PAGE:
Attributed to the MacDurnan Gospels Binder

[New Testament in Middle English]. Manuscript on vellum.
[England: possibly London, c. 1400–1425]. (Prothro B-281)

One of Bridwell Library's great treasures, this Wycliffite manuscript was donated by Elizabeth Perkins Prothro in 1996. The high esteem given to the book by its late sixteenth-century owner is attested by its fine gilt calfskin binding. The ornate centerpiece block, dotted background, elegant cornerpieces, and the leafy hatched tool that extends out of the centerpiece indicate that it may be the work of the still-unidentified “MacDurnan Gospels Binder” (named after a famous binding at Lambeth Palace). Active from the 1560s to the late 1580s, this binder was favored by the wealthiest of English patrons, including Elizabeth I.

Dr. Stephen Shepherd, formerly Associate Professor of English at SMU, has suggested an identification for the owner whose initials “HS” appear on the upper cover: the English scholar Sir Henry Spelman (c. 1564–1641), noted for his large collection of medieval texts and his expertise in the languages and ecclesiastical laws of pre-Reformation England. The key to this identification is the contemporary signature of “Worm,” written within the manuscript. Spelman corresponded regularly with Dr. Olë Worm (1588–1654), Professor of Latin, Greek, Physics, and Medicine at the University of Copenhagen, who often advised Spelman on Anglo-Saxon etymologies and interpretations. Letters from Worm to Spelman also show that they often sent each other books as gifts. It is therefore possible that this Wycliffite manuscript was a gift from Spelman to Worm, from one Protestant antiquarian to another.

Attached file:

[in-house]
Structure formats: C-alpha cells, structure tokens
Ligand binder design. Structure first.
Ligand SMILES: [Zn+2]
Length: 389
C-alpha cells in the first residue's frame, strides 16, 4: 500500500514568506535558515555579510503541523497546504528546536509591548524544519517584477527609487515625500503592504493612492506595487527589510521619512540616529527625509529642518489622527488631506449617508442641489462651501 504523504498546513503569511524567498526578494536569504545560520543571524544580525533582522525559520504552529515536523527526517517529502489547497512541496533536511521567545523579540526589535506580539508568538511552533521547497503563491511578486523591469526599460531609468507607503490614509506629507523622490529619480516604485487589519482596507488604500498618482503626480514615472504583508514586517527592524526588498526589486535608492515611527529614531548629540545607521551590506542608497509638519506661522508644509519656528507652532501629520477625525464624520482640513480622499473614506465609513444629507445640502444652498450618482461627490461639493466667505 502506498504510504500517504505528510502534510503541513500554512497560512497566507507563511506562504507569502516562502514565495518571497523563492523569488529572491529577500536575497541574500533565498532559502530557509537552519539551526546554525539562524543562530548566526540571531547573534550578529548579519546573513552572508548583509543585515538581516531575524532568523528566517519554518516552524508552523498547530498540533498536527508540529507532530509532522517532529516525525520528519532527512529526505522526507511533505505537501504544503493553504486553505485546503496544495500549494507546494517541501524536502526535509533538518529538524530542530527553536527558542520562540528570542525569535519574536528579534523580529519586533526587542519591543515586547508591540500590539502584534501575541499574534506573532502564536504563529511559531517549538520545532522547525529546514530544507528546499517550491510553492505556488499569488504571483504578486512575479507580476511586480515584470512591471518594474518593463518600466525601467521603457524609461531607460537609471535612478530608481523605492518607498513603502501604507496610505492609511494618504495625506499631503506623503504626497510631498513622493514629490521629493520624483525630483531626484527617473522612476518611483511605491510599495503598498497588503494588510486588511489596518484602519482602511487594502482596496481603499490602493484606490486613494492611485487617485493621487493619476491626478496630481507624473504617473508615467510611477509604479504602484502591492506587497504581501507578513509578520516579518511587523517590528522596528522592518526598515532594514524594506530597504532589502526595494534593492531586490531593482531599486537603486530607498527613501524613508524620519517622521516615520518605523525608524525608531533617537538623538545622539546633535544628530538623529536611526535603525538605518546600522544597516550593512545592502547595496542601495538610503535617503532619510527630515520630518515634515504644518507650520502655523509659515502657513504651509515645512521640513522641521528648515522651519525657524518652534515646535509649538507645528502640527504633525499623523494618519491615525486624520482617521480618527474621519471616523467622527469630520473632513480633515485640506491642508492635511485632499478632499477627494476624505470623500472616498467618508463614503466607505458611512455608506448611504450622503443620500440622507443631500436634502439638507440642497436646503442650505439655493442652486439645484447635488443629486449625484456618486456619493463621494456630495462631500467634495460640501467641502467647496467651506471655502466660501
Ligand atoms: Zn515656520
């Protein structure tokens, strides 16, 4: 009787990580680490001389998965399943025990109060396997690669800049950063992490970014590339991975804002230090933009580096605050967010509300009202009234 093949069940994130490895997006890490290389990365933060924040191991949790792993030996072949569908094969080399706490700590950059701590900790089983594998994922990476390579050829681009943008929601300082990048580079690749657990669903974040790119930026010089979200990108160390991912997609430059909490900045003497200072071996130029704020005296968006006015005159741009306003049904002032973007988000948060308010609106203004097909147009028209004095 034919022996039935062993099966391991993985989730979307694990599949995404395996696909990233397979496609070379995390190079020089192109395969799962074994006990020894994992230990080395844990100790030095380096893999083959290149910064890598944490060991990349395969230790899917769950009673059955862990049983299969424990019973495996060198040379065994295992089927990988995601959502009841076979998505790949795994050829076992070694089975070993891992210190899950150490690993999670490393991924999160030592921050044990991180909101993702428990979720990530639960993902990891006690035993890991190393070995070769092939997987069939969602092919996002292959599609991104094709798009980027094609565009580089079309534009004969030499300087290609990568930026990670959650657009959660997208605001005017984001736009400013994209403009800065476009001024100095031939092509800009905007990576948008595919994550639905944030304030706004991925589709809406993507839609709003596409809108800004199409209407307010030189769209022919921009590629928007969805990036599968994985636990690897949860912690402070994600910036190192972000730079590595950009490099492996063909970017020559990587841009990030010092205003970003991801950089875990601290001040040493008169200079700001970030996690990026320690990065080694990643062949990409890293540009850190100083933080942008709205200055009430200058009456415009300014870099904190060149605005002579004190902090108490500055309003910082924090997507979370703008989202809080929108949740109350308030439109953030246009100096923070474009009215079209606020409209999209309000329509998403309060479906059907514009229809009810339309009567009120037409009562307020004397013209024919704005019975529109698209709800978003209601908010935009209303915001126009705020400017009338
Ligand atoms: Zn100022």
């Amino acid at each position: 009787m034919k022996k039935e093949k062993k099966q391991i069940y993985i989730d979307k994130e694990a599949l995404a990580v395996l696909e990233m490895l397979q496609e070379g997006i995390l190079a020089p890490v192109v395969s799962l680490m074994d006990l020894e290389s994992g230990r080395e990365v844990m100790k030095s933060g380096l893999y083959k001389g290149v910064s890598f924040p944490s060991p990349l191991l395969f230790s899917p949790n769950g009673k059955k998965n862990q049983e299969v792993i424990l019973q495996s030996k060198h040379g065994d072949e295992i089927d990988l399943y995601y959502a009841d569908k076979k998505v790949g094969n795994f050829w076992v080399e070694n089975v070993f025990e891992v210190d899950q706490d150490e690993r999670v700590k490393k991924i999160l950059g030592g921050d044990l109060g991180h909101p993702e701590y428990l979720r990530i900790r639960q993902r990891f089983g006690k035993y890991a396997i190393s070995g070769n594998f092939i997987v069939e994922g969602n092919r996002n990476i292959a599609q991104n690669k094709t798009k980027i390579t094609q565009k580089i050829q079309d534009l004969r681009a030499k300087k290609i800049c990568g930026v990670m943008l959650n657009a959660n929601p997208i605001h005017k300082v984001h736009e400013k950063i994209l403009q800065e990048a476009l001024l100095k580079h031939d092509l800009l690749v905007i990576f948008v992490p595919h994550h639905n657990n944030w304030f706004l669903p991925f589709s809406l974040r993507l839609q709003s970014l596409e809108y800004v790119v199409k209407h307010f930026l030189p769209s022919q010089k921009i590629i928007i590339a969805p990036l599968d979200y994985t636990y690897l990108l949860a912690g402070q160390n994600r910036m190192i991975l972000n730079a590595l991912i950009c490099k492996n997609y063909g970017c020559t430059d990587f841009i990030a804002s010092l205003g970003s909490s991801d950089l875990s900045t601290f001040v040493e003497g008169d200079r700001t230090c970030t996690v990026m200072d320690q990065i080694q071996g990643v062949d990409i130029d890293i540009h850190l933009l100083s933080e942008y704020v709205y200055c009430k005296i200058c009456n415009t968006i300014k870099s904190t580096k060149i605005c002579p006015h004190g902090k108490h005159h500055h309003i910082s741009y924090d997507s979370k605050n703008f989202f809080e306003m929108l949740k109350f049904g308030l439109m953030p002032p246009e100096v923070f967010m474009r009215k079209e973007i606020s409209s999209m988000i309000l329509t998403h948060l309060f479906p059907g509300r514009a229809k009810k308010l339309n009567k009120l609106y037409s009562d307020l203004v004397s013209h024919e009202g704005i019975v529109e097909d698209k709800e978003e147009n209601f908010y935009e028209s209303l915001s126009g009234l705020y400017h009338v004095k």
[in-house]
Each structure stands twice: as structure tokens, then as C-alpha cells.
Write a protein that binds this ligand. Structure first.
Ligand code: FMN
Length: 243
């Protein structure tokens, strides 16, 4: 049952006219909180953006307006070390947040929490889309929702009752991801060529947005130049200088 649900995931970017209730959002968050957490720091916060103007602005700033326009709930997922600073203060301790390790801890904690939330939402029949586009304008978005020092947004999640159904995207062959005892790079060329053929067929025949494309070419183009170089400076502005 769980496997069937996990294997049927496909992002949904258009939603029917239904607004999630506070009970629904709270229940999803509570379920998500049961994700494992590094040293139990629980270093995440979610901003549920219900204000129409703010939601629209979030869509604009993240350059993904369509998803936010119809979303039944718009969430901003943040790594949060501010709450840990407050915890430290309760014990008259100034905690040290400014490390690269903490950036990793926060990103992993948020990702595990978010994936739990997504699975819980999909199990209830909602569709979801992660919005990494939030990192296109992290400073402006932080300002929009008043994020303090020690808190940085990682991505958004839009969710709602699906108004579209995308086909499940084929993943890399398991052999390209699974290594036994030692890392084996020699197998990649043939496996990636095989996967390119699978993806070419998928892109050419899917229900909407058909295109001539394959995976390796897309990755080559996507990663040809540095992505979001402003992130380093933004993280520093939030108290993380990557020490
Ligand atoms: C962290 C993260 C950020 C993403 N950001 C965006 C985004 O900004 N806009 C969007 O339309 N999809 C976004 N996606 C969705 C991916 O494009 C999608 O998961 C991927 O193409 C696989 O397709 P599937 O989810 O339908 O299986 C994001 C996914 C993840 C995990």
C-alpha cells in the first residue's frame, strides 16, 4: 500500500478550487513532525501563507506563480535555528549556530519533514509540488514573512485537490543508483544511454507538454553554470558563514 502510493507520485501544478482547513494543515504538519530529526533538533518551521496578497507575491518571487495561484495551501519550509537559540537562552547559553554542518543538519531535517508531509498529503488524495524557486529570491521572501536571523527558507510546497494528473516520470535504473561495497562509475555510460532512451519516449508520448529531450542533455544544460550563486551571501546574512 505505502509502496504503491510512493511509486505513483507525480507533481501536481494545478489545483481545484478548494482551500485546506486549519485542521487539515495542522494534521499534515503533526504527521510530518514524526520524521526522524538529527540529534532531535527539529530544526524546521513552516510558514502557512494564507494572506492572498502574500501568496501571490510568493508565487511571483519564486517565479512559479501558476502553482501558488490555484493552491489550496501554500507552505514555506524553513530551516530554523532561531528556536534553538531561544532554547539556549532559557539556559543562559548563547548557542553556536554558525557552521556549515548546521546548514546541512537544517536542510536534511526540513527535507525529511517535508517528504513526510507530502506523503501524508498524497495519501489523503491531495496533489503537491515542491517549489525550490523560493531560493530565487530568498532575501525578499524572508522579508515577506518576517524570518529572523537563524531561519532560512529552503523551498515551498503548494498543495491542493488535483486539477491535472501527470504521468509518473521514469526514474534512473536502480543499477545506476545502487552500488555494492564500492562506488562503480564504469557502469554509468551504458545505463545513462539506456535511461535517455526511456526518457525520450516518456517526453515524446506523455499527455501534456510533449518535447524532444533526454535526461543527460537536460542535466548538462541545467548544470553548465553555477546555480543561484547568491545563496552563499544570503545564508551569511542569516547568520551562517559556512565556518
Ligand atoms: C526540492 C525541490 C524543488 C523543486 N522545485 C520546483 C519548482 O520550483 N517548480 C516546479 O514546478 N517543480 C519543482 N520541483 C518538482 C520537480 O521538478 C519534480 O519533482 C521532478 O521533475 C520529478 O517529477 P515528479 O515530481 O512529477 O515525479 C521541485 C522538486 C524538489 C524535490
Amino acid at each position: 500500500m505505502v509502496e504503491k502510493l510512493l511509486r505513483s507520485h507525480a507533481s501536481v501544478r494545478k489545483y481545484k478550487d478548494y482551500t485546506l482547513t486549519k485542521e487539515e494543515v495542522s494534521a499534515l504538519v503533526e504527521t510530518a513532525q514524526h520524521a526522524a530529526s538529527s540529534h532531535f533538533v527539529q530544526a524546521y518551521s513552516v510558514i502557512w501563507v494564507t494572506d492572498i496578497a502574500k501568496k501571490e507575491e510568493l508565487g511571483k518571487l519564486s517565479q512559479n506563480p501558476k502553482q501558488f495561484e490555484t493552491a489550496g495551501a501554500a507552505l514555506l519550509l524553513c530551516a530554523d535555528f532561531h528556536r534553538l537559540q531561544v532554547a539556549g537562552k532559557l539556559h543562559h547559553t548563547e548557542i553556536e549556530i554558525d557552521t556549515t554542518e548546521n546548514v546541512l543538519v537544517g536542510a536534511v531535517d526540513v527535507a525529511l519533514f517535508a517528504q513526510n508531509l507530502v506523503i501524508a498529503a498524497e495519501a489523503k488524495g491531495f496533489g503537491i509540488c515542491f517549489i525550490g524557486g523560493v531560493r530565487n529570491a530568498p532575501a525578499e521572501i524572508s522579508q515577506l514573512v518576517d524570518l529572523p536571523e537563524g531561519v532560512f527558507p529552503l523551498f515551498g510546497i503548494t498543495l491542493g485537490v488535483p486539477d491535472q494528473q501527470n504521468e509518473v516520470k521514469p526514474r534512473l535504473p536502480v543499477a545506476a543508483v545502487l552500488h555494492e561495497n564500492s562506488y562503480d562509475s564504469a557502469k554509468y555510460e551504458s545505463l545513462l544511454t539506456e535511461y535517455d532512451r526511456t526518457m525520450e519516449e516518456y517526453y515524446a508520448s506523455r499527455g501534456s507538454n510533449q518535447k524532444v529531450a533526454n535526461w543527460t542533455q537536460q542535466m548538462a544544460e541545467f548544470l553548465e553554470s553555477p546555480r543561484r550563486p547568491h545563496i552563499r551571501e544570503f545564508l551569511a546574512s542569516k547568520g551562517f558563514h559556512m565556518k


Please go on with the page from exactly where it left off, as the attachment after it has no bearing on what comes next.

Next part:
<a href="/items/browse?advanced%5B0%5D%5Belement_id%5D=50&advanced%5B0%5D%5Btype%5D=is+exactly&advanced%5B0%5D%5Bterms%5D=Prothro+B-281">Prothro B-281</a>
The Sixteenth Century
"MacDurnan Gospels Binder"